As talented as these players are individually, they have never struck up a convincing midfield partnership. In their prime, neither were especially comfortable playing in the holding role and allowing the other to get forward — in effect, they were too similar, and as a consequence, rarely performed to their maximum abilities at international level.
Ultimately, whether it was Sven-Goran Eriksson, Steve McClaren or Fabio Capello, too many managers were intent on indulging both players when they clearly weren’t working efficiently in tandem.
Granted, the alternatives may not have been much better, but for too long, Lampard and Gerrard were automatic choices in central midfield, while others such as Paul Scholes were pushed out to the flanks or not used at all.
Surely now that the English team have failed for the umpteenth occasion at a major tournament, it is time to wave goodbye to these consummate-yet-flawed professionals, who were seldom if ever effectively used by England.
4. Learn from other countries’ successes
As has been well documented in recent days, unfancied countries such as Chile and Costa Rica have improbably managed to advance in this World Cup at the expense of supposedly ‘bigger’ footballing nations.
England must pay close attention to what made these tactically sophisticated teams’ strategies so successful and adapt elements of their game accordingly.
Costa Rica illustrated the way against Italy, relentlessly pressing their considerably more feted opponents into submission.
Similarly, Uruguay demonstrated the kind of spirit and energy that the English are often renowned for, yet these virtues were noticeably absent from the latter’s play when the two sides met in Sao Paulo. So while England’s increasing emphasis on technical ability is to be encouraged, they must simultaneously ensure they are not sacrificing the positive factors that have been ingrained in their identity from previous tournaments.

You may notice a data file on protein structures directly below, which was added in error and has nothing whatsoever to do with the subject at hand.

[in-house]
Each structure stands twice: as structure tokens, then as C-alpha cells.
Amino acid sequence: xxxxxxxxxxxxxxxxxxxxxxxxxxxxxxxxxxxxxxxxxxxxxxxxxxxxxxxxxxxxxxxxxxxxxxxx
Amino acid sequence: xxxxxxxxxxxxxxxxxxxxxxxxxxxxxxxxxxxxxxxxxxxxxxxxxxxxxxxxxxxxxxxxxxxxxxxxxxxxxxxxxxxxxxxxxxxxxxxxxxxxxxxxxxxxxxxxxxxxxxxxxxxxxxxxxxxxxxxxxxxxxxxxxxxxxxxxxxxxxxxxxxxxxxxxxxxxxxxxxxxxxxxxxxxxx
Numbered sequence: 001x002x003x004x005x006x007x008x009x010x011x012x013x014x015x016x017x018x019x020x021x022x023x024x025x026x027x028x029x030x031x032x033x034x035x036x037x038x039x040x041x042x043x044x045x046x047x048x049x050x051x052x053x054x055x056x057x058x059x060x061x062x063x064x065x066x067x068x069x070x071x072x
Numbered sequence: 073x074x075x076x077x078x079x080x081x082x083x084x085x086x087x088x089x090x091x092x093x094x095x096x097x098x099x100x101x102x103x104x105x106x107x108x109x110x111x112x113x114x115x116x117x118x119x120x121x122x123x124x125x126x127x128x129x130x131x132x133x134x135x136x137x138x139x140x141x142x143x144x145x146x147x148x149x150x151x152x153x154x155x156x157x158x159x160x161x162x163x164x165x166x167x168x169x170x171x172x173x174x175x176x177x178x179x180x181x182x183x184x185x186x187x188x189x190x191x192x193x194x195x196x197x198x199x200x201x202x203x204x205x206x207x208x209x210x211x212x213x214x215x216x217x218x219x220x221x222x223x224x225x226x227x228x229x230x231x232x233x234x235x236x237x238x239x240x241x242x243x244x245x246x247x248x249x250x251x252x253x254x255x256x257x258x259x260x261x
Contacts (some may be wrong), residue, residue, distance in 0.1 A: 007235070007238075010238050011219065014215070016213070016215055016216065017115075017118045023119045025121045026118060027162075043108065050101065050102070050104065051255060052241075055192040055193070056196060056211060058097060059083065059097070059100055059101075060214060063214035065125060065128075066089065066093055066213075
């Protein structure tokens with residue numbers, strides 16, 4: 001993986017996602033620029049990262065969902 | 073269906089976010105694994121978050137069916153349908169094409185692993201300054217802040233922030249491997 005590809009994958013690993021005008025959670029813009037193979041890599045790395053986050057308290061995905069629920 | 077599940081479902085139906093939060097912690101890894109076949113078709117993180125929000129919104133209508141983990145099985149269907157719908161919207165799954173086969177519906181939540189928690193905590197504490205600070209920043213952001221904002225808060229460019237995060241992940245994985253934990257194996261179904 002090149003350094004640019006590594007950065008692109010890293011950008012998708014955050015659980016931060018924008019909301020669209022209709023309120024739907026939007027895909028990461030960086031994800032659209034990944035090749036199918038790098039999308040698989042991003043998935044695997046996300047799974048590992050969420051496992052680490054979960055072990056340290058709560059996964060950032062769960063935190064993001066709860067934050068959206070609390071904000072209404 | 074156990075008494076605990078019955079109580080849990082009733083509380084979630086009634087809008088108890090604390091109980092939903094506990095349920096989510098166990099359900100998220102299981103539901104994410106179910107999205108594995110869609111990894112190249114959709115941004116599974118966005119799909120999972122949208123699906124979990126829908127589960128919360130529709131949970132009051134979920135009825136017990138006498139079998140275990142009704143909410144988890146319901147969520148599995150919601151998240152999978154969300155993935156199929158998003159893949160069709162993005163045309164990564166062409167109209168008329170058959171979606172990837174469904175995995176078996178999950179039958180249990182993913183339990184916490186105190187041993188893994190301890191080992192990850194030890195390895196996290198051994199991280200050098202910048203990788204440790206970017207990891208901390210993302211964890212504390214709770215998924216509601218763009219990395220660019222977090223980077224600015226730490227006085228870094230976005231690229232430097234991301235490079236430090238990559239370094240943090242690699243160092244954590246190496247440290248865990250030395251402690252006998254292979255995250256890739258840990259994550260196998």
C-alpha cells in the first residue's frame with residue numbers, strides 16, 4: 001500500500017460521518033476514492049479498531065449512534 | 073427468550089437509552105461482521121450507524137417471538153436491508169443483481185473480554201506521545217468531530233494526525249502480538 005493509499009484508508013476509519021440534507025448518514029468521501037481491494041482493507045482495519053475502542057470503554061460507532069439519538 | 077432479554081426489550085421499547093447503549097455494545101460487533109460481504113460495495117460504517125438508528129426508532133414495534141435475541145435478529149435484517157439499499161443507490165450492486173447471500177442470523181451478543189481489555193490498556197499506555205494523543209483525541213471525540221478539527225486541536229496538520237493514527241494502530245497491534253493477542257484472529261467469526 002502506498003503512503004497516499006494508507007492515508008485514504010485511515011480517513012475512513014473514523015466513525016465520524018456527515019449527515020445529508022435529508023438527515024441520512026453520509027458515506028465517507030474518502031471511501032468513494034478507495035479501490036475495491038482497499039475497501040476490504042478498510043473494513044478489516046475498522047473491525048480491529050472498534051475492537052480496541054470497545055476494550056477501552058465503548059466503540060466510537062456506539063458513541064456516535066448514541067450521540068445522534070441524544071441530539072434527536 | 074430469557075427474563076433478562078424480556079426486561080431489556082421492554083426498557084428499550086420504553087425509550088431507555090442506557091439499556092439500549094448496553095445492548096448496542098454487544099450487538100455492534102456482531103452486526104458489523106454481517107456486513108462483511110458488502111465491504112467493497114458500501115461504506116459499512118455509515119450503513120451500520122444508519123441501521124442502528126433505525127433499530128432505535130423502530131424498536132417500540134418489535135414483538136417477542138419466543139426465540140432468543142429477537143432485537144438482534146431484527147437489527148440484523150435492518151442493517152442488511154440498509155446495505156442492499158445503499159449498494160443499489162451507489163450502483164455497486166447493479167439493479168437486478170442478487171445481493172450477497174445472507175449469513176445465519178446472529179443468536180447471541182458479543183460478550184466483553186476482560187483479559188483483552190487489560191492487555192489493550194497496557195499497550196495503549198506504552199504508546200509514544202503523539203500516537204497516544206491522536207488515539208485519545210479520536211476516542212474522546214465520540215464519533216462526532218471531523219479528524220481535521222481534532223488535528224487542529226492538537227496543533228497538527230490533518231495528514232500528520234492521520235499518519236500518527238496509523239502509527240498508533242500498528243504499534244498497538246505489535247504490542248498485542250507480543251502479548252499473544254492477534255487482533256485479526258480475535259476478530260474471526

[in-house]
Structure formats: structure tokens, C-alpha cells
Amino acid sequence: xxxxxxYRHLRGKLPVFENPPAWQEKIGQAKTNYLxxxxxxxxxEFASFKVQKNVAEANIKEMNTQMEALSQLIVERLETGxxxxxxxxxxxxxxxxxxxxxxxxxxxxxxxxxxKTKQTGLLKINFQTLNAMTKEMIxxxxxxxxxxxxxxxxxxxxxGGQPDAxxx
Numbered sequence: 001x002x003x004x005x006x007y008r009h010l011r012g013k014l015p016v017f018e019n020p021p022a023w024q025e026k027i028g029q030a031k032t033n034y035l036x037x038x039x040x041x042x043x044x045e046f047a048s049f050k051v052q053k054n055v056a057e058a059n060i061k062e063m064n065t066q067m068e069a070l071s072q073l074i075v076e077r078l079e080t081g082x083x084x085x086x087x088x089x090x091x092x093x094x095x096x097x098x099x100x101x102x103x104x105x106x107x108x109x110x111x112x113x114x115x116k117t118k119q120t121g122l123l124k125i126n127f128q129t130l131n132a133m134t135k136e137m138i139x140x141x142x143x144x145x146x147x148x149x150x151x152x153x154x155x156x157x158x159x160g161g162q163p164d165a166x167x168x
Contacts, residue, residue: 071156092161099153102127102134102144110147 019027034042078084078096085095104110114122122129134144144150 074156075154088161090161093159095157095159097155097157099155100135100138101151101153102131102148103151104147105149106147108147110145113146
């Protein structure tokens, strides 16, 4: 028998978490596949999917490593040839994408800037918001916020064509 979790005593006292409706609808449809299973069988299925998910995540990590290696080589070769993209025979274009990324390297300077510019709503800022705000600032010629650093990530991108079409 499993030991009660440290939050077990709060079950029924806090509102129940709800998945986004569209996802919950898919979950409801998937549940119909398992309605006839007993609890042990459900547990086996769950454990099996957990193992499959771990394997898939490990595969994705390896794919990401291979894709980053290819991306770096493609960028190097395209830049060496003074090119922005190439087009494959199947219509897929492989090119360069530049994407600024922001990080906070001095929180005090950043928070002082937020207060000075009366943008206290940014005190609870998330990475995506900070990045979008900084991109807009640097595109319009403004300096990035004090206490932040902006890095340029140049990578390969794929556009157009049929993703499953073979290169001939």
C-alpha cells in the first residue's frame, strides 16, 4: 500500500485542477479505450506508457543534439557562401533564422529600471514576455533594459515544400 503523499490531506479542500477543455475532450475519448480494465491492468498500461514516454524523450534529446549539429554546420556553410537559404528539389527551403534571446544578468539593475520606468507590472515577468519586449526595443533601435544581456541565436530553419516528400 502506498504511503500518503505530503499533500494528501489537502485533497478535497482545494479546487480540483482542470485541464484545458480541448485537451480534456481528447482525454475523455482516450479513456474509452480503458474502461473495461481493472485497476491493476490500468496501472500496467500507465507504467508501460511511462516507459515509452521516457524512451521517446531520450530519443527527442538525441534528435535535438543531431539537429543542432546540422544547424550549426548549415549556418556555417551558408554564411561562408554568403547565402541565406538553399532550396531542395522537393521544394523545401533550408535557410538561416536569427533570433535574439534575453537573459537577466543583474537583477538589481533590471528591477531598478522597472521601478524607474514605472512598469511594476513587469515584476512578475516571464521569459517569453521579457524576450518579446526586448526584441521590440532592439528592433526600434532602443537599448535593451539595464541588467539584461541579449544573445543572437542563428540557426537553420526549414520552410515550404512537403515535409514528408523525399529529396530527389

5. Trust in youngsters/passers
It was telling that England’s most creative central midfield player, Jack Wilshere, was only granted game time against Costa Rica when their campaign was all but over, as well as a cameo appearance in the dying stages of the Italy game.
Manager Roy Hodgson was praised for giving youngsters a chance and for adopting a supposedly bold philosophy.
Yet such praise was exaggerated — the selection of teenager Raheem Sterling aside, a midfield of Steven Gerrard, Jordan Henderson and Danny Welbeck is hardly one that is going to win a team the game at the highest level.
Starting with Wilshere, Ross Barkley and Adam Lallana would have been genuinely brave, and would surely have yielded more than the paltry two goals that England managed over the duration of the entire tournament.
However, Hodgson, an innately conservative coach, was never likely to adopt such an overtly adventurous approach, in spite of his supporters’ suggestions to the contrary.